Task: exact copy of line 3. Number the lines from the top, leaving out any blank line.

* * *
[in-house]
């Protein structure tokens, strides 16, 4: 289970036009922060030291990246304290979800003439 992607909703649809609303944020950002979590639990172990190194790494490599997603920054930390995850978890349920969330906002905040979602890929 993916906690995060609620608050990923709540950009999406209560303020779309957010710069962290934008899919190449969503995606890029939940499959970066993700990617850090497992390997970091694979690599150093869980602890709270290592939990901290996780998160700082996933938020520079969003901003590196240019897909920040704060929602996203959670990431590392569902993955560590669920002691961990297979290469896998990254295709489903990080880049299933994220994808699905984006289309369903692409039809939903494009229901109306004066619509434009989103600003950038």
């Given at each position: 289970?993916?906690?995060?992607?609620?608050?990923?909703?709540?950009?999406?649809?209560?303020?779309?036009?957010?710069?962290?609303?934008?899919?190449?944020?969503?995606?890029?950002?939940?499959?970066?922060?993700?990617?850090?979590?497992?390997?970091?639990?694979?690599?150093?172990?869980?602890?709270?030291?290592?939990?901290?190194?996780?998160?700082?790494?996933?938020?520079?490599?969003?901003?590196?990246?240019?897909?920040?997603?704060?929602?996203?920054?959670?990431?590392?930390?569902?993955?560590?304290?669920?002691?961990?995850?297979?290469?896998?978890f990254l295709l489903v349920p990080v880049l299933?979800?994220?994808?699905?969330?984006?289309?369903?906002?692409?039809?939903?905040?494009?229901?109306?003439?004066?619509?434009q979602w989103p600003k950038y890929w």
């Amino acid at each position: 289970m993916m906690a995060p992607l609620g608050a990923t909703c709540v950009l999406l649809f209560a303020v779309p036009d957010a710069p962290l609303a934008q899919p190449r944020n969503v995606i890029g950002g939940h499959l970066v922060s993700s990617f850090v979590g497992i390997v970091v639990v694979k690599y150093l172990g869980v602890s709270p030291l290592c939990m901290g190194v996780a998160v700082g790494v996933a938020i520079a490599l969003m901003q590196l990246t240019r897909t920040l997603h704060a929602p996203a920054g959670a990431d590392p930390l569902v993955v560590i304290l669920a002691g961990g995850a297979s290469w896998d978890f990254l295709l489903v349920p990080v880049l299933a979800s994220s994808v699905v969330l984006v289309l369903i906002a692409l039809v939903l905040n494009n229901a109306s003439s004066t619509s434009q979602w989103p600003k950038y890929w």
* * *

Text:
């Given at each position: 289970?993916?906690?995060?992607?609620?608050?990923?909703?709540?950009?999406?649809?209560?303020?779309?036009?957010?710069?962290?609303?934008?899919?190449?944020?969503?995606?890029?950002?939940?499959?970066?922060?993700?990617?850090?979590?497992?390997?970091?639990?694979?690599?150093?172990?869980?602890?709270?030291?290592?939990?901290?190194?996780?998160?700082?790494?996933?938020?520079?490599?969003?901003?590196?990246?240019?897909?920040?997603?704060?929602?996203?920054?959670?990431?590392?930390?569902?993955?560590?304290?669920?002691?961990?995850?297979?290469?896998?978890f990254l295709l489903v349920p990080v880049l299933?979800?994220?994808?699905?969330?984006?289309?369903?906002?692409?039809?939903?905040?494009?229901?109306?003439?004066?619509?434009q979602w989103p600003k950038y890929w």